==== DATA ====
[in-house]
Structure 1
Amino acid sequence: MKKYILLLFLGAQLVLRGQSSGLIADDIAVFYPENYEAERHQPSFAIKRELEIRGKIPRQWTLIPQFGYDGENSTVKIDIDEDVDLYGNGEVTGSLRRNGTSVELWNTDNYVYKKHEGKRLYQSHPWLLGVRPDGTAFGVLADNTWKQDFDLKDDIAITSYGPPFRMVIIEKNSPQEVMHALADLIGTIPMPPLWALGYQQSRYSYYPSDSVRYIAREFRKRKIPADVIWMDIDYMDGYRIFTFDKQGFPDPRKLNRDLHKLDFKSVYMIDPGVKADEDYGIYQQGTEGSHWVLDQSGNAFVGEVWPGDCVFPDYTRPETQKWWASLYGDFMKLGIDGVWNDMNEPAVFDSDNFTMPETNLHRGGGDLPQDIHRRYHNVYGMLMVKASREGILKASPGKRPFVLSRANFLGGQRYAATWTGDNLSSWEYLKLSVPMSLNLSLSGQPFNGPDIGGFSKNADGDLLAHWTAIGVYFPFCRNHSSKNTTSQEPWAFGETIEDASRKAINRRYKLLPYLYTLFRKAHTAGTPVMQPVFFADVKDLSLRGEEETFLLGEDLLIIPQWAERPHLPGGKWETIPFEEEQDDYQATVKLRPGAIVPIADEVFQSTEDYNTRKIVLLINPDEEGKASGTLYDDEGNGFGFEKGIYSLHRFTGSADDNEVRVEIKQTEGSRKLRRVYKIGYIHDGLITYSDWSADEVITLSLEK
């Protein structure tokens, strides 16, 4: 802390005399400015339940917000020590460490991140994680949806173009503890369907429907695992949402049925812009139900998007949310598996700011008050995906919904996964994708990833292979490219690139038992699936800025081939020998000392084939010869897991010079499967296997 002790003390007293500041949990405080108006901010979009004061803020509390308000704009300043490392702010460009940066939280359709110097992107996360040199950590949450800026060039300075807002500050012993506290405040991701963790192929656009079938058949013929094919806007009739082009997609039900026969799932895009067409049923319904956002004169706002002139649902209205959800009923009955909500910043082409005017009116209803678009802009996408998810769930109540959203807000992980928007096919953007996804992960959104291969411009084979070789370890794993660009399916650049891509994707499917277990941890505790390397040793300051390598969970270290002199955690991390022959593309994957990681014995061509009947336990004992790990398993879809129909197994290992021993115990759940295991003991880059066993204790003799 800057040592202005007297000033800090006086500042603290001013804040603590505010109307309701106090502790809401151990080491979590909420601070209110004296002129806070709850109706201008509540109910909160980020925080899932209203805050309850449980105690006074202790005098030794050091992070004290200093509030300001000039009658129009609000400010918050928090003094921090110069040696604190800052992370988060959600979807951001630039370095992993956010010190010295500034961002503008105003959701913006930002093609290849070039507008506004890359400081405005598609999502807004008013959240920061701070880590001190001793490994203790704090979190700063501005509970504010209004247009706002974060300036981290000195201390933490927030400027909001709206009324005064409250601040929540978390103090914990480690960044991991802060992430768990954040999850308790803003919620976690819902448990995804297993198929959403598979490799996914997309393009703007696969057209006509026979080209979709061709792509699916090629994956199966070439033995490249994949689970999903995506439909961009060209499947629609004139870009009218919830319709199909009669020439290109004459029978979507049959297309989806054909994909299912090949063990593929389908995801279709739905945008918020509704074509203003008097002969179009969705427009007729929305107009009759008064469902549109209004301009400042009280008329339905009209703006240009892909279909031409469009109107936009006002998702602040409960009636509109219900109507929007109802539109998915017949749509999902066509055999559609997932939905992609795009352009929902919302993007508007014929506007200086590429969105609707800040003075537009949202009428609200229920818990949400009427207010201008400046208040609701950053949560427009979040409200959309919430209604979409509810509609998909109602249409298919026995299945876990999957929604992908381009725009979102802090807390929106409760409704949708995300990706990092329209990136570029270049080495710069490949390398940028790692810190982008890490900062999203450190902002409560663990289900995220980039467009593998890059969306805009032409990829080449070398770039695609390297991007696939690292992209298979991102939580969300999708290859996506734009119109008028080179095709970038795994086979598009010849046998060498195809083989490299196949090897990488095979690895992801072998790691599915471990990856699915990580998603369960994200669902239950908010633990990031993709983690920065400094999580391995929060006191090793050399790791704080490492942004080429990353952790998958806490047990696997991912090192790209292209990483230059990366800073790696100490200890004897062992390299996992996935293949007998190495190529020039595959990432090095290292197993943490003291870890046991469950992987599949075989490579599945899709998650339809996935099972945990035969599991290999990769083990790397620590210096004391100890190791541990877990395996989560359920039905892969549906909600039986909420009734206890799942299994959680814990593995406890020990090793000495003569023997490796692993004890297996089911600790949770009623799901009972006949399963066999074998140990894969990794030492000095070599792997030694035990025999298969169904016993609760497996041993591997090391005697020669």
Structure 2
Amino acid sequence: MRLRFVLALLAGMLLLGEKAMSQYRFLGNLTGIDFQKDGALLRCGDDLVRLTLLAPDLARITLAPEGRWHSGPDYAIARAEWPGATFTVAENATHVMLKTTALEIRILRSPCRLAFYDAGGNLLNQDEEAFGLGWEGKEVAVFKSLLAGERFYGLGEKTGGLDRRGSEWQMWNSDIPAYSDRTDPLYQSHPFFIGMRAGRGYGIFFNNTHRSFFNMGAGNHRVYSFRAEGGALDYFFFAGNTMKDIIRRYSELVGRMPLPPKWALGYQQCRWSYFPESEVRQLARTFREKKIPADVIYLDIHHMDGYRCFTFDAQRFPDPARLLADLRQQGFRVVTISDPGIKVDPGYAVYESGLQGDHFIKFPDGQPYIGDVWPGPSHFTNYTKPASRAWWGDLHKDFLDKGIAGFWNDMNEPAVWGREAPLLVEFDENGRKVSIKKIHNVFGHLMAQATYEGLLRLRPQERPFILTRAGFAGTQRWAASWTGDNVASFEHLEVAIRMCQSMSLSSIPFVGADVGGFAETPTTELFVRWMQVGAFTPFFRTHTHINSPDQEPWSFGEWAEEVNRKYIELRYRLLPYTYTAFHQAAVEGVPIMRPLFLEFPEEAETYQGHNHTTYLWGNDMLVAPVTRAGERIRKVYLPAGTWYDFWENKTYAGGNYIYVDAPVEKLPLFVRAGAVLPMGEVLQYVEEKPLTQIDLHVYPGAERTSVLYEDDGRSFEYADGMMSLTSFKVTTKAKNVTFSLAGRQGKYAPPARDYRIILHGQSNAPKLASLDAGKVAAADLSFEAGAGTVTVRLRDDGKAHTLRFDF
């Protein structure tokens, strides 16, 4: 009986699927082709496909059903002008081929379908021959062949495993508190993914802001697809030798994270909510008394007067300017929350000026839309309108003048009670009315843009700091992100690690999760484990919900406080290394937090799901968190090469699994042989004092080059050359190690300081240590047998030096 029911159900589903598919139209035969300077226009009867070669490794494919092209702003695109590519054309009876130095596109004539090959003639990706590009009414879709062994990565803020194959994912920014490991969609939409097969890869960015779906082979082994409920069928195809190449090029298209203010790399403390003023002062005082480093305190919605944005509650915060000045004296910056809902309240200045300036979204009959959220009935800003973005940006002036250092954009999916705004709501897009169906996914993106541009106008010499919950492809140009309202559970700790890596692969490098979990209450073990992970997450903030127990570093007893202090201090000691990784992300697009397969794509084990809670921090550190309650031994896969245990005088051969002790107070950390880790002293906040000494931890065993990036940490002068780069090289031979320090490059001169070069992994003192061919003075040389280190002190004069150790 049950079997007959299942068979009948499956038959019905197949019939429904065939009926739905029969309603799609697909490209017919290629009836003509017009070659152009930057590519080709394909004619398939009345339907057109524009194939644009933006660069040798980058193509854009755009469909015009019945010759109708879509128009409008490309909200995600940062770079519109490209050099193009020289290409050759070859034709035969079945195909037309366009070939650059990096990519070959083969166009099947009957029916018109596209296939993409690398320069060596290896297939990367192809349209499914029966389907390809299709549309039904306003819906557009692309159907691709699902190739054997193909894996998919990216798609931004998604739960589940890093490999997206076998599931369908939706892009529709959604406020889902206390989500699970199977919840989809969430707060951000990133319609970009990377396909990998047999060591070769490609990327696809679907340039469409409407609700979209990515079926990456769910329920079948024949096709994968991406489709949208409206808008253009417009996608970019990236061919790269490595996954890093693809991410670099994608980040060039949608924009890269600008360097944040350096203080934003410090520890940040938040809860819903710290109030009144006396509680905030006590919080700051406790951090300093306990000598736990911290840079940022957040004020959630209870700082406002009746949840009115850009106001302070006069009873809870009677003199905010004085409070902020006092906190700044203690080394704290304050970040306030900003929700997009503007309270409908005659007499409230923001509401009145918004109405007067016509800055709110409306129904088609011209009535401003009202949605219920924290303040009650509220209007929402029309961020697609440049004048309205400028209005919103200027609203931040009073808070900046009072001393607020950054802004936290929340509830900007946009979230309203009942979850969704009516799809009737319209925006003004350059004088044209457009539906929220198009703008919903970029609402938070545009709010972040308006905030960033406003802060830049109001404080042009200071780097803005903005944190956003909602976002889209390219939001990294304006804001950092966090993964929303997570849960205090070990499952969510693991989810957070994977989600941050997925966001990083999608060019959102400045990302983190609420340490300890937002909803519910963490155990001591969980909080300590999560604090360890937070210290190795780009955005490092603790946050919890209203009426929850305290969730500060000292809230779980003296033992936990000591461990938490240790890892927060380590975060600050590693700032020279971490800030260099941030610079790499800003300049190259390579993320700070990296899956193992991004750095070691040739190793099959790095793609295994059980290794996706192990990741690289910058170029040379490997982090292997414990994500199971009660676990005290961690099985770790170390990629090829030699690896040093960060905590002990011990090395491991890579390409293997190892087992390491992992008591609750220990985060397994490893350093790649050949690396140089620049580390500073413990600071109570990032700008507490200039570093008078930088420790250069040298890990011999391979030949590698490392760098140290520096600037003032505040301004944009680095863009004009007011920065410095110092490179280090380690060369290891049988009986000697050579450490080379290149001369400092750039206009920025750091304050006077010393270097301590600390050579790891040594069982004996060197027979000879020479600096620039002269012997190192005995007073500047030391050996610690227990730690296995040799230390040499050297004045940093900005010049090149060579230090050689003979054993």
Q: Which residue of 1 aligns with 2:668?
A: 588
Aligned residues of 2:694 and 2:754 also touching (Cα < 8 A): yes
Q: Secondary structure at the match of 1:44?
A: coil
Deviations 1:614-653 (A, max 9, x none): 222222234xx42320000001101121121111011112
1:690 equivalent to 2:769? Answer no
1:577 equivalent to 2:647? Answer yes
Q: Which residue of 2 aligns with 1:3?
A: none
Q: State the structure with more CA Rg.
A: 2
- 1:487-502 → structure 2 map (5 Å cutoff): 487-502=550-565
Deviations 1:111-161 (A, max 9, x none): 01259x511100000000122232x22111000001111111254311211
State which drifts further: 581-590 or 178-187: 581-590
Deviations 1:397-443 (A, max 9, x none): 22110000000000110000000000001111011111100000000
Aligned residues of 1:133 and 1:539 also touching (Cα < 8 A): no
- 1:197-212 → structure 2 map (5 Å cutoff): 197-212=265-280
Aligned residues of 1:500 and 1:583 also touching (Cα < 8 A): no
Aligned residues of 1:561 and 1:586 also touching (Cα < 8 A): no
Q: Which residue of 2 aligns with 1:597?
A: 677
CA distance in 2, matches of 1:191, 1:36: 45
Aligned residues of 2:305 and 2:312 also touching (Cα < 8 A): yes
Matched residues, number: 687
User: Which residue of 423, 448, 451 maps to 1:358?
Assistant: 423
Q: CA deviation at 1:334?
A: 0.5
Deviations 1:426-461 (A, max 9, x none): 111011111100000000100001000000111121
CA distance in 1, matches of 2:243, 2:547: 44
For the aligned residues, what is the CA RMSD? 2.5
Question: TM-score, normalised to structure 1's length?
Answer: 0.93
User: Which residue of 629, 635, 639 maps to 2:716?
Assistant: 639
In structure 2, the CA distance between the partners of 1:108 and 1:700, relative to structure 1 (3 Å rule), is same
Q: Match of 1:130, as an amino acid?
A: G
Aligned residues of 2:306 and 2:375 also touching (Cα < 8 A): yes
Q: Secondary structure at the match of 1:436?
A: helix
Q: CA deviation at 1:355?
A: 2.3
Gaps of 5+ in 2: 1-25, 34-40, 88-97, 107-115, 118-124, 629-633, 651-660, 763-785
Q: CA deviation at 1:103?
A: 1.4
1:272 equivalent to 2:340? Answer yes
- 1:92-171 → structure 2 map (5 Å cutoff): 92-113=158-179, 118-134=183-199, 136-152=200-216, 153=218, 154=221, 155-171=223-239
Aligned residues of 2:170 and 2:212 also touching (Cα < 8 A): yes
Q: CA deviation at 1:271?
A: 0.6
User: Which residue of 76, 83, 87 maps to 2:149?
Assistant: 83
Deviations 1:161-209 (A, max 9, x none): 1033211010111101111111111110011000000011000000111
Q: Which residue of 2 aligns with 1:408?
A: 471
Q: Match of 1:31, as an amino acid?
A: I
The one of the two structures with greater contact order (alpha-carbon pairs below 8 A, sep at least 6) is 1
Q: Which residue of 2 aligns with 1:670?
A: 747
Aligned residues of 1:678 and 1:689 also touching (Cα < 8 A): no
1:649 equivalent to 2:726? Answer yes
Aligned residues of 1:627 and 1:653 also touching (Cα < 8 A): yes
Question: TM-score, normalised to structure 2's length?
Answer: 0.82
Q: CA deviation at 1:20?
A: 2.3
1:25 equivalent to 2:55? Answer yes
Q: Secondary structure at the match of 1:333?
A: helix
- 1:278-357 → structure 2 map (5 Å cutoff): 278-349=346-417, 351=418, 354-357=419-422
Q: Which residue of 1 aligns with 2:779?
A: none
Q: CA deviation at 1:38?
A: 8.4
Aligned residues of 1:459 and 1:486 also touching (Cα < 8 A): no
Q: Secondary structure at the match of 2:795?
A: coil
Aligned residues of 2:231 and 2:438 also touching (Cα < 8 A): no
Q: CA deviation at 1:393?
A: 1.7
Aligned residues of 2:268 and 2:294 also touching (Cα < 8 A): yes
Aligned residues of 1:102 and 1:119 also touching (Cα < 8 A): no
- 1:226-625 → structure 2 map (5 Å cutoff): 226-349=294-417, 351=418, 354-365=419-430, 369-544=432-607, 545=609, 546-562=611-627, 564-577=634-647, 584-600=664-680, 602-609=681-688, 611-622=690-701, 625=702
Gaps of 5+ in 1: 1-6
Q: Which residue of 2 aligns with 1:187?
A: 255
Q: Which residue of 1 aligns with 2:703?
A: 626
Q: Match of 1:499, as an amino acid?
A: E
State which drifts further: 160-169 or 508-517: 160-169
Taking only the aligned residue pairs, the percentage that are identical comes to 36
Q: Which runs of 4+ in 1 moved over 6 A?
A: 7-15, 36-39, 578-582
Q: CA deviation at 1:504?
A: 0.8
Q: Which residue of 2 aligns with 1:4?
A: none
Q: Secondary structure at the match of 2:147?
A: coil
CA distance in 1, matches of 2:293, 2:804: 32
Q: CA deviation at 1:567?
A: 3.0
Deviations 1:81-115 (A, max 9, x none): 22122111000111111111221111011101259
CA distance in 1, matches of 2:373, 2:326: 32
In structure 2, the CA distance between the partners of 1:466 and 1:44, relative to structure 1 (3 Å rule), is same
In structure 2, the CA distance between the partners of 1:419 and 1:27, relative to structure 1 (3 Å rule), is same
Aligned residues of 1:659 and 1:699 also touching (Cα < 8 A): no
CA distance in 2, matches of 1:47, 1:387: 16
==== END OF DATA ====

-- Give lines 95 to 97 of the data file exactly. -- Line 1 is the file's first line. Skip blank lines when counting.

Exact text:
Q: Which residue of 2 aligns with 1:187?
A: 255
Q: Which residue of 1 aligns with 2:703?